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Parenting Perspectives: Cleaning makes men out of boys

It's the unexpected actions that seem to mean the most when you're a parent, isn't it?

The moments when your kids shock you because they didn't fight, or they did what you asked, or when they spend an entire day with you doing spring cleaning ... and they do so with minimal drama.

The kids knew it was coming. I'd been warning them for weeks that we were going to attack the garage, the closets and the deepest recesses of the basement ... all of the places where four years of living had accumulated.

So Saturday night I broke the big news: Sunday would be the spring cleaning day to end all spring cleaning days.

And then I braced for the blowback. Surprisingly, however, it didn't come.

It's possible they just didn't believe that Dad was finally going to get this project done, but they reacted with only minor protestations. There wasn't any of the usual fussing, pouting or fighting that would sour a major project such as this before it started.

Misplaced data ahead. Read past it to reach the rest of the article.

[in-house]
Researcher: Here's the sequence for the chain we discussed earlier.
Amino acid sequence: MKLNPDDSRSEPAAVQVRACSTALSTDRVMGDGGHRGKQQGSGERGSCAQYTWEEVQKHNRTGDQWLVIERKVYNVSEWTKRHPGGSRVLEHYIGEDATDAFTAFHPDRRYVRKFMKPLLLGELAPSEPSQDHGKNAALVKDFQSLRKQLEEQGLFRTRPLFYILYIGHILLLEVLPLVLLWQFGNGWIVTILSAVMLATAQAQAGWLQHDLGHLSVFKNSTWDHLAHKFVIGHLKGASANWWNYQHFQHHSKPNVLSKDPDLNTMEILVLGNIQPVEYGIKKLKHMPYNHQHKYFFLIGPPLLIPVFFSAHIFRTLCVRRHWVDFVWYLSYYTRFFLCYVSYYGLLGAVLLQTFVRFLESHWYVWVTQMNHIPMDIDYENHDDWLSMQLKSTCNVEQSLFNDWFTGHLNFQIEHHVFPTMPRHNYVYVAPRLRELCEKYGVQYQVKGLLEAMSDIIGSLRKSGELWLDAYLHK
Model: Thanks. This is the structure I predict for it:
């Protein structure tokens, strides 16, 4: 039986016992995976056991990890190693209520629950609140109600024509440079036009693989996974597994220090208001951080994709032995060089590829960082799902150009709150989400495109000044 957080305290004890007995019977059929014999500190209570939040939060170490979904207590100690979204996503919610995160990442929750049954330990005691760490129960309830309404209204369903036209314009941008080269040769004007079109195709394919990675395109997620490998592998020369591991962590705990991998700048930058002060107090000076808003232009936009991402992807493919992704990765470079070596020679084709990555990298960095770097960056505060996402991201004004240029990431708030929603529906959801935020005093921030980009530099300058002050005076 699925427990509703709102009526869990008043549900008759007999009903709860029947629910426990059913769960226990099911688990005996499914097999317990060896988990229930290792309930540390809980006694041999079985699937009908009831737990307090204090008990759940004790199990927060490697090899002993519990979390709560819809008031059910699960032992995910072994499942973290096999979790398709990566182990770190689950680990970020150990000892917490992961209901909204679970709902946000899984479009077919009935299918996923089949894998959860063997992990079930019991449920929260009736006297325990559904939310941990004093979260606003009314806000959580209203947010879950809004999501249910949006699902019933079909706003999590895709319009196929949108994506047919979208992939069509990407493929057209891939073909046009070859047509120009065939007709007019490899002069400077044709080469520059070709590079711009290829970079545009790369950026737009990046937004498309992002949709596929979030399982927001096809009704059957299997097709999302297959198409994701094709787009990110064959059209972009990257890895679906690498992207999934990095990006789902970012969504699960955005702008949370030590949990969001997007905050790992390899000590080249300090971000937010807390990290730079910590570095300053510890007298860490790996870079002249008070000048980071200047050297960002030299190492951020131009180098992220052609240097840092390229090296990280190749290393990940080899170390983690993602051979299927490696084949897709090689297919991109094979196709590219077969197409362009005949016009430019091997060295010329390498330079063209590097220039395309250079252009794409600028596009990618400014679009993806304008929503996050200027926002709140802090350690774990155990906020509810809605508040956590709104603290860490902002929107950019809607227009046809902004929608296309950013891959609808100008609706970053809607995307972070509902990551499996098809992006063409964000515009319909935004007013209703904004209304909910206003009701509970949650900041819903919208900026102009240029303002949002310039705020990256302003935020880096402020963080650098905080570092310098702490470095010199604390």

And even Sunday morning when I fired up everyone to get moving, there was little grumbling and mostly cooperation.

Well, OK, as the day wore on there were some minor disputes between the boys, but honestly, would they be siblings if they weren't fighting a bit? One always does more work than the other one, and usually does it quicker or requires Dad to ask fewer times, right?

Ultimately though, the kids worked hard, and they did so with smiles on their faces. And I couldn't have accomplished by myself what we finished together.

The Bug, my youngest son, was instrumental in doing many of the trivial tasks that take up so much time when you're cleaning: the running for items or picking up this or organizing that or serving as garbage patrol.

And Garrett was a workhorse, hauling heavy boxes headed for charity to the garage and the rest of the crud to the boulevard to be hauled away.

The Bug saved me a lot of time, and Garrett did the work that my back isn't good for anymore. They truly worked beyond their ages for 11 hours.

And what makes it so pleasant was how they approached it: They worked hard and caused me very little extra stress.

You know, you get so used to the trivial fighting, whining, name-calling, etc., that it's easy to sometimes forget that your kids can bring you joy, too. And as I laid my aching bones down for bed Sunday night, I thought: Man, I am raising some fine, young men.

Thanks, guys. Thanks for making me proud ... again.

Devlyn Brooks works for Forum Communications Co. He lives in Moorhead

with his two sons.